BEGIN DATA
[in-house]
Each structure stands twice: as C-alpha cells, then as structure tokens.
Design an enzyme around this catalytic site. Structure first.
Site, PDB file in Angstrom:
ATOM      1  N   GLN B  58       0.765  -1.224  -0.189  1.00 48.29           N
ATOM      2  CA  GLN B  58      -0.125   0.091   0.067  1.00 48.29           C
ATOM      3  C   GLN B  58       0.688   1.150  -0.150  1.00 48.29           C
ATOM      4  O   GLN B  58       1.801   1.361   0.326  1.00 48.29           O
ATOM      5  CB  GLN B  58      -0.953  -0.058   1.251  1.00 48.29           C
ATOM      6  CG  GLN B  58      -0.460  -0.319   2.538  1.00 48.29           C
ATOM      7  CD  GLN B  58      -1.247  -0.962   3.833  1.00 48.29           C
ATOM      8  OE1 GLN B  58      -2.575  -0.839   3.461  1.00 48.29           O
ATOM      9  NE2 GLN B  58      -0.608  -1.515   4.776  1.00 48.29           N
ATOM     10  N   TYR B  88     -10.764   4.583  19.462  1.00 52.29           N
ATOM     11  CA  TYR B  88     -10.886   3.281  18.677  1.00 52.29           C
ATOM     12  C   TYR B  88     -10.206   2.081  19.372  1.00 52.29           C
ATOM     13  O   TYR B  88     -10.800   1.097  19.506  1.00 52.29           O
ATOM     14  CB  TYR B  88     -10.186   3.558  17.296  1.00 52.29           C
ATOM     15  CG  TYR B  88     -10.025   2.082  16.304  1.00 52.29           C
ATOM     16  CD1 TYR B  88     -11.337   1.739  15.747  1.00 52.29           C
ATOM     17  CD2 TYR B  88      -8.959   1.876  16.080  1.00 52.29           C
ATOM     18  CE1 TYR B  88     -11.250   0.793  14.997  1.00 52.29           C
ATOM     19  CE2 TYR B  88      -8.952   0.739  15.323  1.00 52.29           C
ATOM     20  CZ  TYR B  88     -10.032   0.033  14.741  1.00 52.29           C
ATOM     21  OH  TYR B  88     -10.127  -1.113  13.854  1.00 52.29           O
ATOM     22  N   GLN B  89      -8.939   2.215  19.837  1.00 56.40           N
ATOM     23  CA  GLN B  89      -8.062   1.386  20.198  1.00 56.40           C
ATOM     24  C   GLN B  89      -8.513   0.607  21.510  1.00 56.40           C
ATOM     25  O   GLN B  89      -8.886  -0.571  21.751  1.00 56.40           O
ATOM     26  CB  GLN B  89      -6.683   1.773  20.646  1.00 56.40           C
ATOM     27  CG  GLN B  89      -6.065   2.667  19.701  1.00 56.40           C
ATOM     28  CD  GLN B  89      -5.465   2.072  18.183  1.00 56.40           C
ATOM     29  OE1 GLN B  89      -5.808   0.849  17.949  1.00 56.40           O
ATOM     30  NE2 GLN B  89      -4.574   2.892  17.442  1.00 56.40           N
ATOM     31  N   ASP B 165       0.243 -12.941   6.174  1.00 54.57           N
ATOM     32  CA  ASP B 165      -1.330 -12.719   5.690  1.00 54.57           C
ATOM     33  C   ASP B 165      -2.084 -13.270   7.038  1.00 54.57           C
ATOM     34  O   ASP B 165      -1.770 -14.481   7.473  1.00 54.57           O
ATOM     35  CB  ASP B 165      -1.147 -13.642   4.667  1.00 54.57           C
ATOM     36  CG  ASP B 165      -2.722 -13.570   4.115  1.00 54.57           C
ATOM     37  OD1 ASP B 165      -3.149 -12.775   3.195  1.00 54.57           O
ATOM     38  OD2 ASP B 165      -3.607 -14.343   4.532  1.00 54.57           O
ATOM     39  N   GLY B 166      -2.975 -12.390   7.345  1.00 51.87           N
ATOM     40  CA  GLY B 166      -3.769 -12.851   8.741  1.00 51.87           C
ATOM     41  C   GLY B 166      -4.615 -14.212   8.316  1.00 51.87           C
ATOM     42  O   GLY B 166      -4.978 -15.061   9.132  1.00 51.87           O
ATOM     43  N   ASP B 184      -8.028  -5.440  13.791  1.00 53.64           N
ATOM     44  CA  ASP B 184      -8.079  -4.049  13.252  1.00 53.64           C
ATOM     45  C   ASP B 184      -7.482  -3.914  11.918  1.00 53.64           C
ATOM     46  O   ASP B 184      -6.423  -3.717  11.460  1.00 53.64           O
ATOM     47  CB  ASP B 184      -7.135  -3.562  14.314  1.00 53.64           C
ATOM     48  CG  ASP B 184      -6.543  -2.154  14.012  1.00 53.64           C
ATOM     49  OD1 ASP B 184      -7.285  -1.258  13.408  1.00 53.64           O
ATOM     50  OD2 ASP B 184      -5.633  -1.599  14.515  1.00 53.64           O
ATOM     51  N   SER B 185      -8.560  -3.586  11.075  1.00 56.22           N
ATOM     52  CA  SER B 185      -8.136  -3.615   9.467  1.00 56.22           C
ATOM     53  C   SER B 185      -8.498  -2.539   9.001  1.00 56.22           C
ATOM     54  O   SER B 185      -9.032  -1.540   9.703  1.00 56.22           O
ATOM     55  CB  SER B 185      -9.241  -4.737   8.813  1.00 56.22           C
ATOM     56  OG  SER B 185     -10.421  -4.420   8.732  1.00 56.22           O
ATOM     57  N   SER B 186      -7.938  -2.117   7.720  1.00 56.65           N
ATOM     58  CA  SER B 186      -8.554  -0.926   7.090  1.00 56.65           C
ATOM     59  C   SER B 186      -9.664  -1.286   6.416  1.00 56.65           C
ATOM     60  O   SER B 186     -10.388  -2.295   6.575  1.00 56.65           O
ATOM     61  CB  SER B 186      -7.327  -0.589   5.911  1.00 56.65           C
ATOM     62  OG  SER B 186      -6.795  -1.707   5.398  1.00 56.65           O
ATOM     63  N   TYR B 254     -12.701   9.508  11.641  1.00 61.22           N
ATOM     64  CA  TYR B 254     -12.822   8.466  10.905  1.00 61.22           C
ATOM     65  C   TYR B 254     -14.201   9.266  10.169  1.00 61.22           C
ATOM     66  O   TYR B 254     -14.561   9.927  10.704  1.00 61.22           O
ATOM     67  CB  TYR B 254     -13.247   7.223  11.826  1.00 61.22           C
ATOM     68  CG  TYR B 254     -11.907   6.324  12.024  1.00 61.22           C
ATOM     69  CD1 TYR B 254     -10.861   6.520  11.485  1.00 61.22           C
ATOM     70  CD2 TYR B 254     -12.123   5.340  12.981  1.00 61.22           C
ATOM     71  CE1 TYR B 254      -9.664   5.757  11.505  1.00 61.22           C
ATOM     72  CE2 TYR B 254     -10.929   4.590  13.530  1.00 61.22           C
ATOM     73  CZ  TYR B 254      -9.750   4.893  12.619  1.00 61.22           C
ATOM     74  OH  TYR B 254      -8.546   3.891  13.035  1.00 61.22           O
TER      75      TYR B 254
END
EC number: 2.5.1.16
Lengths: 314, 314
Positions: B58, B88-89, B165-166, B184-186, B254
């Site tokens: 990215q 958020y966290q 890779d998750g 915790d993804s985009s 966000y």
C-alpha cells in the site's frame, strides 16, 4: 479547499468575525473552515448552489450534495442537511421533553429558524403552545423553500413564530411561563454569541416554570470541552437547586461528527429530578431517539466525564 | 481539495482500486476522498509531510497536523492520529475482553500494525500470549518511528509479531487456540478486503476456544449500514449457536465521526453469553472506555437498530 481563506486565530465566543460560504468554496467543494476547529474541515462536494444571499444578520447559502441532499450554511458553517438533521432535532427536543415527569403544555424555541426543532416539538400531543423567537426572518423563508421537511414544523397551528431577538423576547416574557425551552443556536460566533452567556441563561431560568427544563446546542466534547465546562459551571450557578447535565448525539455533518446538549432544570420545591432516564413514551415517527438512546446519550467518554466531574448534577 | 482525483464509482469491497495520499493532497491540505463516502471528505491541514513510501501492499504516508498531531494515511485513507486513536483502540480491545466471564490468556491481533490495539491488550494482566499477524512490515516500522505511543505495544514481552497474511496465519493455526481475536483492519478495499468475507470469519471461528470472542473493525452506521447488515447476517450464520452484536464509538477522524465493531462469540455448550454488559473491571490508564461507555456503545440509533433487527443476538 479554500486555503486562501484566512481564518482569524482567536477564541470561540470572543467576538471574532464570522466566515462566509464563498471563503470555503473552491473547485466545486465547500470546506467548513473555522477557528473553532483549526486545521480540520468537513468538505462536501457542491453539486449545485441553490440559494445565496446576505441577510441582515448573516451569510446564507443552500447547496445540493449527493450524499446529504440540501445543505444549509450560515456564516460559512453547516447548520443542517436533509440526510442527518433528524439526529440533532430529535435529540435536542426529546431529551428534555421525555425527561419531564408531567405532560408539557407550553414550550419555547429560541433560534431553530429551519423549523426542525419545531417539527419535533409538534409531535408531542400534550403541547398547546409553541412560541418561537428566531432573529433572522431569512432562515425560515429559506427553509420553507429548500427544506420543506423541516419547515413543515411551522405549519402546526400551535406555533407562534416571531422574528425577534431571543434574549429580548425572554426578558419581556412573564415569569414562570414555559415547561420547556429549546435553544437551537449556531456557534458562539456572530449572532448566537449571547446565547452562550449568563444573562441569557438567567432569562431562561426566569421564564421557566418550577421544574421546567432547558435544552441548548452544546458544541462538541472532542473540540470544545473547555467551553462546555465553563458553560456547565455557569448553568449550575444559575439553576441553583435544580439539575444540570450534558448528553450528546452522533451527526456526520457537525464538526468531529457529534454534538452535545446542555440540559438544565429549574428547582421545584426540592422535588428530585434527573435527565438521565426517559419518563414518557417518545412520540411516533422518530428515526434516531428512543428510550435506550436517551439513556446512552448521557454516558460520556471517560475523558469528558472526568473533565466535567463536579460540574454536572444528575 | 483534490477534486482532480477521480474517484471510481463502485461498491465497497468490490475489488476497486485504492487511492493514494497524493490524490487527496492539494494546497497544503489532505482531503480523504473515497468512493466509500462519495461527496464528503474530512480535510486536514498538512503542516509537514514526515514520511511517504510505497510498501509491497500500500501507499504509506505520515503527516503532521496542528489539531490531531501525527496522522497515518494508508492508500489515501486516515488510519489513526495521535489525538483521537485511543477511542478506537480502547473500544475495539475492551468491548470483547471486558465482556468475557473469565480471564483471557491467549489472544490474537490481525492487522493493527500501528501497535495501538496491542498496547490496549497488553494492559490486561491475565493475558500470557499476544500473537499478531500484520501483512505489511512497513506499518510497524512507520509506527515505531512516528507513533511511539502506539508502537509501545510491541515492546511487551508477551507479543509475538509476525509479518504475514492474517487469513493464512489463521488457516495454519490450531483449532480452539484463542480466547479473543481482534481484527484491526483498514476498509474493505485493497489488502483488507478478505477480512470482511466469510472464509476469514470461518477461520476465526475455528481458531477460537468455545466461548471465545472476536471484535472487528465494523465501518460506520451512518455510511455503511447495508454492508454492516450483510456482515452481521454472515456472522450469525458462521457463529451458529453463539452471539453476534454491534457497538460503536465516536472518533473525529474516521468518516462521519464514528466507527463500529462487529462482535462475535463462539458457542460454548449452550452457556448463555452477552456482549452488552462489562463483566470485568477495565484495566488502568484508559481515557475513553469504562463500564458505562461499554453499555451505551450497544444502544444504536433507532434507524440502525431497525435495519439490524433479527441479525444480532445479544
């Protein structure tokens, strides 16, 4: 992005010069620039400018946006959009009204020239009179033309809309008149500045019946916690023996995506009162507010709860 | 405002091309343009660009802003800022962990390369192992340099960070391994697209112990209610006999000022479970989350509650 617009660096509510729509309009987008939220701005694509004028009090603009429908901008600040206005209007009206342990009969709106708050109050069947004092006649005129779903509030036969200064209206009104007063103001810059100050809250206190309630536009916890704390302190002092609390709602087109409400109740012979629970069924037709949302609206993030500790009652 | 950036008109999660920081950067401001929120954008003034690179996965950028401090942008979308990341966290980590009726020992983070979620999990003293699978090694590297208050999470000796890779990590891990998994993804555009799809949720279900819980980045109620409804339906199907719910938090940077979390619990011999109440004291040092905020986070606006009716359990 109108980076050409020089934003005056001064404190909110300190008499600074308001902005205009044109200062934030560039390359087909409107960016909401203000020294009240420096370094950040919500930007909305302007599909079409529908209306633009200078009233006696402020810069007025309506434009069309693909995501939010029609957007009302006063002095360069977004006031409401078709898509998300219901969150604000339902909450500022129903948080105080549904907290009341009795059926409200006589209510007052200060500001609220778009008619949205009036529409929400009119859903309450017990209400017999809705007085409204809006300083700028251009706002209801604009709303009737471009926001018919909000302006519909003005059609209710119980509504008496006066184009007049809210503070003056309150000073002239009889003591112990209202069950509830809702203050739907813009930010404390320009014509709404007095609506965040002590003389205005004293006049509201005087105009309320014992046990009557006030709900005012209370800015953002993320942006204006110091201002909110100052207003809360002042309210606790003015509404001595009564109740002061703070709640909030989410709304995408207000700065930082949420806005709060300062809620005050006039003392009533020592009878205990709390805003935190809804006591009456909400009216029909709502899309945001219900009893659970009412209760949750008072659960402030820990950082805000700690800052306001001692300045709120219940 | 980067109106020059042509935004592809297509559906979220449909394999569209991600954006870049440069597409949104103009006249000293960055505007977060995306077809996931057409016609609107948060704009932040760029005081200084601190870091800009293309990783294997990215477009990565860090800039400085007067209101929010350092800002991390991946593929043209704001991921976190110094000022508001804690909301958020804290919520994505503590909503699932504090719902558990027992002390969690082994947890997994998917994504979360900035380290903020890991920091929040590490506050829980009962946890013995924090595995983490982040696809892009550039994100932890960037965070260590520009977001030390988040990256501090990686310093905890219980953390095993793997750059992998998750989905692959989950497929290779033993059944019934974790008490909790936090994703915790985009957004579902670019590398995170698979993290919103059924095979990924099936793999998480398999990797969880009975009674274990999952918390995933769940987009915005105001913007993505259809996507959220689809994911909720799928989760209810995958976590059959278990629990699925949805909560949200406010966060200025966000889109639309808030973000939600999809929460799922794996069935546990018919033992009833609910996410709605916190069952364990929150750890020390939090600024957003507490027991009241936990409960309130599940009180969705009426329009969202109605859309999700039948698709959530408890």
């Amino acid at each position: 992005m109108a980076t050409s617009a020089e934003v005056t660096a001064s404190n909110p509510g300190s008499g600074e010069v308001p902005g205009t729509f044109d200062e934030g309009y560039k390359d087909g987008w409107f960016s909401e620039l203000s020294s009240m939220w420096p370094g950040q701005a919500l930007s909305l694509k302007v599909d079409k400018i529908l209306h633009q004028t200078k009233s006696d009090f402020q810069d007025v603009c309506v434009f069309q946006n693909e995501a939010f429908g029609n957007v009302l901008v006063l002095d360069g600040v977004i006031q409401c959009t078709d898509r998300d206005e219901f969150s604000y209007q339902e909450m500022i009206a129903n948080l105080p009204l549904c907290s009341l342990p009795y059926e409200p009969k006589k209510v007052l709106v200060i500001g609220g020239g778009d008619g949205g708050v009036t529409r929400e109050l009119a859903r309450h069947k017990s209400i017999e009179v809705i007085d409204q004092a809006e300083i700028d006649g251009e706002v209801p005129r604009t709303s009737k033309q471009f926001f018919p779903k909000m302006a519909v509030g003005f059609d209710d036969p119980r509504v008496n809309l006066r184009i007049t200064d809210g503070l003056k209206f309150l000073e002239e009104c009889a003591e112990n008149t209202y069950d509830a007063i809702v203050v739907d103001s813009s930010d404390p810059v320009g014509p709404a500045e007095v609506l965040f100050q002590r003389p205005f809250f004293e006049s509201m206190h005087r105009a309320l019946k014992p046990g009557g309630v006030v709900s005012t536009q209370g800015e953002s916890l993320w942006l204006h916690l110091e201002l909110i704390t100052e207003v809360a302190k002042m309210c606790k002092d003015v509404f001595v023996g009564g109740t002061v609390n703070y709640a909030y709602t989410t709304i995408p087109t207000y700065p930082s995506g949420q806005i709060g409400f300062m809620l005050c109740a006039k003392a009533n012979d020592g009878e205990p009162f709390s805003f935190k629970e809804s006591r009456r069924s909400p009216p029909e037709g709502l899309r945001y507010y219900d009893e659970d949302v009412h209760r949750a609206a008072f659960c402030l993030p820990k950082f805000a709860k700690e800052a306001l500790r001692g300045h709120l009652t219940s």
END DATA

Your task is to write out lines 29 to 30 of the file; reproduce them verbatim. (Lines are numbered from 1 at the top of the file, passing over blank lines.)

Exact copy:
ATOM     25  O   GLN B  89      -8.886  -0.571  21.751  1.00 56.40           O
ATOM     26  CB  GLN B  89      -6.683   1.773  20.646  1.00 56.40           C